Tuesday, December 4, 2007

Article/Newsbit of the week: US subpime crisis in graphics

I'm a little torn emotionally as far as the slant of this article goes but, I guess you can't argue with the facts?

US subpime crisis in graphics


The BBC, I've found, is a great asset for world business news and different views not easily found here in the U.S. where the same story and opinion is usually repeated again and again.

One thing that can be difficult to swallow (for a black male anyway) is the lack of political correctness - that is somewhat automatically and silently assumed by the American media. I guess they don't have the constant threat of Al Sharpton or Jesse Jackson marching on their doorstep since people can drive but flying to England is for most of us - an economic impossibility.

What I'm referring to is a representation of the facts that would not be easily found here in the States:

"Mortgage brokers focused their efforts by selling sub-prime mortgages in working class black areas where many people had achieved home ownership.

They told them that they could get cash by refinancing their homes, but often neglected to properly explain that the new sub-prime mortgages would "reset" after 2 years at double the interest rate."

If you'll take the time to check out the article, above this blurb in particular, there is a map of Cleveland - a city here in Ohio - that does have a large black population. The map can be adjusted to see:

  1. Areas where subprime lending occurred.
  2. Areas where Foreclosures (repossessions) occurred
  3. Areas of Deutsche Bank properties (loans were made)
  4. ...oh yeah and Black areas
At first glance it almost looks as if the report is saying more or less
'because black people are so stupid, and bankers were stupid enough to lend to them - we are now in this sub-prime crisis which may go global'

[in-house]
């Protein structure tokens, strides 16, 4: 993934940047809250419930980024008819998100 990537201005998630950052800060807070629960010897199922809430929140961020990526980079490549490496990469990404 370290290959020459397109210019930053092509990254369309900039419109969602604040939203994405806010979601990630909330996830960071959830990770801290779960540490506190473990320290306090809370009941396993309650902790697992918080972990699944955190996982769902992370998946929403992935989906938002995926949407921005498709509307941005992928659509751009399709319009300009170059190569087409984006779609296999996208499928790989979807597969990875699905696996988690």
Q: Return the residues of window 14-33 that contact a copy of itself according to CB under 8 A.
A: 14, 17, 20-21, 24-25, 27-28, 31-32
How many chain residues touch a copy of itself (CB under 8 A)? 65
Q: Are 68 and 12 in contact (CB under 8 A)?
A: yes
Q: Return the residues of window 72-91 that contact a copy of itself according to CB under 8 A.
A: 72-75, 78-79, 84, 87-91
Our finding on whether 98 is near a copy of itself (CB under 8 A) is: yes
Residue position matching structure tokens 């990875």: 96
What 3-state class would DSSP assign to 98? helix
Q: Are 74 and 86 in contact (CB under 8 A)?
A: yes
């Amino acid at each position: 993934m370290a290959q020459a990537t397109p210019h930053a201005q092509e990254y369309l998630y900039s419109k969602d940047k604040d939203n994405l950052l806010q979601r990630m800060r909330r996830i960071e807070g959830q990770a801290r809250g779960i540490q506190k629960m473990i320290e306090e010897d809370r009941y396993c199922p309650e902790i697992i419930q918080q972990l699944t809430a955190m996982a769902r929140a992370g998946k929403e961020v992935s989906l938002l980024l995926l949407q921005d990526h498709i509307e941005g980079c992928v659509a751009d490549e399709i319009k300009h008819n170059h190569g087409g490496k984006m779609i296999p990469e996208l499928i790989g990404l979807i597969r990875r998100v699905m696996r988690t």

At 2nd glance it looks like it's saying:

'evil bankers didn't tell the stupid black people that there mortgages would reset in 2 years and then they wouldn't be able to pay the mortgage back so now we're in this sub-prime crisis'

Either way it doesn't seem like it's showing black people in the most favorable light.

For the sake of having some personal pride, I'll argue that this portion of the article is not that relevant seeing as black people only 12% of American households and we are no longer even the largest minority group thus we cannot be blamed entirely or even share more than 1/8th of the blame for the sub-prime mess and you definitely can't blame me - cause little ole me doesn't own any 'real property' as in real estate. ..bloody britons.

3 comments:

zackattack said...

Honestly, I think BBC is just writing what the USA really wants to say.

I agree that the sub prime crisis is not the fault of blacks. It is more of a predatory lending issue that back fired on greedy corporations. Now, everyone is learning their lesson the hard way.

We have a long way to go until blacks get fair media representation.
Let's hope that blogs like ours start a new trend.

Tasha said...

I have to agree with you about the lack of political correctness in the media 'across the pond'. For that and other reasons, I enjoy watching the BBC World News. I valued the objectivity of the news media when I was spending time in Europe, and missed it when I came back here.

Anyway, while the article is harsh, it is actually pretty correct to a point. Not saying that it's only black people affected by the mortgage crisis, but it seems to be hitting us the hardest. I personally know a few families that were focused more on what the monthly mortage amount when they closed on the house rather than focus on the actual cost of the mortgage and the potential fluctuations in payments. They didn't educate themselves and lost everything. Being short sighted in an effort to immediately be on par with the Joneses (you know...big house/car/lots of stuff)ended up ruining them.

Ok, sorry for blogging in your comment box. First time stopping by and I'll definitely be back

Aunt Jackie said...

predatory lending seemed to be an acceptable practice until it hit the market, when in reality it was a case of cooked books that backfired.

damn shame.

nice blog, i'll be returning!